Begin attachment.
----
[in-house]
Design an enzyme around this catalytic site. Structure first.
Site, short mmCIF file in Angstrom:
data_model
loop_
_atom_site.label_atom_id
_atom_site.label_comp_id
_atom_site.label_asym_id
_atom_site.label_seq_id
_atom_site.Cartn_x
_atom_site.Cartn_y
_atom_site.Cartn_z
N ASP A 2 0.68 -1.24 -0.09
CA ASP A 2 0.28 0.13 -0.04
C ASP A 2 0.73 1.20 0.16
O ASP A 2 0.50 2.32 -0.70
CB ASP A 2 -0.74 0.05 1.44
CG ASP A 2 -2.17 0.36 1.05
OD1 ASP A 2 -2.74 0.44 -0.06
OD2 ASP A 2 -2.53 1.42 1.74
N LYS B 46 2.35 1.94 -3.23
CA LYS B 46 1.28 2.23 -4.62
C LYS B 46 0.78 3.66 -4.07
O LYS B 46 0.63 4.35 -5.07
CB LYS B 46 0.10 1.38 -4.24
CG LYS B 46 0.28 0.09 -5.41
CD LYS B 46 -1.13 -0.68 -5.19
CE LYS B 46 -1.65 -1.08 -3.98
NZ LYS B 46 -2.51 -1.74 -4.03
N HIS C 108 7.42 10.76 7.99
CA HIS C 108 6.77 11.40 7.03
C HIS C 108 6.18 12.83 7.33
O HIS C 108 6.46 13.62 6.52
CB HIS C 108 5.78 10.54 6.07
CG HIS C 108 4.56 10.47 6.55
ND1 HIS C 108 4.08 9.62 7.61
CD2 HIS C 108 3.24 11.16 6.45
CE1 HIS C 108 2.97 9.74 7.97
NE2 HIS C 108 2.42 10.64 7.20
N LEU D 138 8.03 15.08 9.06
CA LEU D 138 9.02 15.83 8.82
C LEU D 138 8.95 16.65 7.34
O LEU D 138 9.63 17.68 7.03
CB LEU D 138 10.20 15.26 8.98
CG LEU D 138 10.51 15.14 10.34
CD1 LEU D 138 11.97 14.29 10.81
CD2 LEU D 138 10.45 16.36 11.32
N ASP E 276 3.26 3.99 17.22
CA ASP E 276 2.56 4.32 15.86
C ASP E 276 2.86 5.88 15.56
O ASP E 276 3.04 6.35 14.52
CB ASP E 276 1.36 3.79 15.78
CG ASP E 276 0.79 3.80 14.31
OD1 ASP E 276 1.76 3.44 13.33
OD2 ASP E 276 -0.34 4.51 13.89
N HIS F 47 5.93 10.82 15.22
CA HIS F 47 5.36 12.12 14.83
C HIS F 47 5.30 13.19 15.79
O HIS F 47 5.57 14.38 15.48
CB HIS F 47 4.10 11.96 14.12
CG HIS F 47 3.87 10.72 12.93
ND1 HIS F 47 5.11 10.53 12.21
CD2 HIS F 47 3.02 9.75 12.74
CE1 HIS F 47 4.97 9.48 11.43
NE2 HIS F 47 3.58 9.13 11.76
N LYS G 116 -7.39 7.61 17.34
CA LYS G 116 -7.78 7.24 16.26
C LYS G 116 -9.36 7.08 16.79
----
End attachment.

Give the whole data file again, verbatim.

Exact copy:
[in-house]
Design an enzyme around this catalytic site. Structure first.
Site, short mmCIF file in Angstrom:
data_model
loop_
_atom_site.label_atom_id
_atom_site.label_comp_id
_atom_site.label_asym_id
_atom_site.label_seq_id
_atom_site.Cartn_x
_atom_site.Cartn_y
_atom_site.Cartn_z
N ASP A 2 0.68 -1.24 -0.09
CA ASP A 2 0.28 0.13 -0.04
C ASP A 2 0.73 1.20 0.16
O ASP A 2 0.50 2.32 -0.70
CB ASP A 2 -0.74 0.05 1.44
CG ASP A 2 -2.17 0.36 1.05
OD1 ASP A 2 -2.74 0.44 -0.06
OD2 ASP A 2 -2.53 1.42 1.74
N LYS B 46 2.35 1.94 -3.23
CA LYS B 46 1.28 2.23 -4.62
C LYS B 46 0.78 3.66 -4.07
O LYS B 46 0.63 4.35 -5.07
CB LYS B 46 0.10 1.38 -4.24
CG LYS B 46 0.28 0.09 -5.41
CD LYS B 46 -1.13 -0.68 -5.19
CE LYS B 46 -1.65 -1.08 -3.98
NZ LYS B 46 -2.51 -1.74 -4.03
N HIS C 108 7.42 10.76 7.99
CA HIS C 108 6.77 11.40 7.03
C HIS C 108 6.18 12.83 7.33
O HIS C 108 6.46 13.62 6.52
CB HIS C 108 5.78 10.54 6.07
CG HIS C 108 4.56 10.47 6.55
ND1 HIS C 108 4.08 9.62 7.61
CD2 HIS C 108 3.24 11.16 6.45
CE1 HIS C 108 2.97 9.74 7.97
NE2 HIS C 108 2.42 10.64 7.20
N LEU D 138 8.03 15.08 9.06
CA LEU D 138 9.02 15.83 8.82
C LEU D 138 8.95 16.65 7.34
O LEU D 138 9.63 17.68 7.03
CB LEU D 138 10.20 15.26 8.98
CG LEU D 138 10.51 15.14 10.34
CD1 LEU D 138 11.97 14.29 10.81
CD2 LEU D 138 10.45 16.36 11.32
N ASP E 276 3.26 3.99 17.22
CA ASP E 276 2.56 4.32 15.86
C ASP E 276 2.86 5.88 15.56
O ASP E 276 3.04 6.35 14.52
CB ASP E 276 1.36 3.79 15.78
CG ASP E 276 0.79 3.80 14.31
OD1 ASP E 276 1.76 3.44 13.33
OD2 ASP E 276 -0.34 4.51 13.89
N HIS F 47 5.93 10.82 15.22
CA HIS F 47 5.36 12.12 14.83
C HIS F 47 5.30 13.19 15.79
O HIS F 47 5.57 14.38 15.48
CB HIS F 47 4.10 11.96 14.12
CG HIS F 47 3.87 10.72 12.93
ND1 HIS F 47 5.11 10.53 12.21
CD2 HIS F 47 3.02 9.75 12.74
CE1 HIS F 47 4.97 9.48 11.43
NE2 HIS F 47 3.58 9.13 11.76
N LYS G 116 -7.39 7.61 17.34
CA LYS G 116 -7.78 7.24 16.26
C LYS G 116 -9.36 7.08 16.79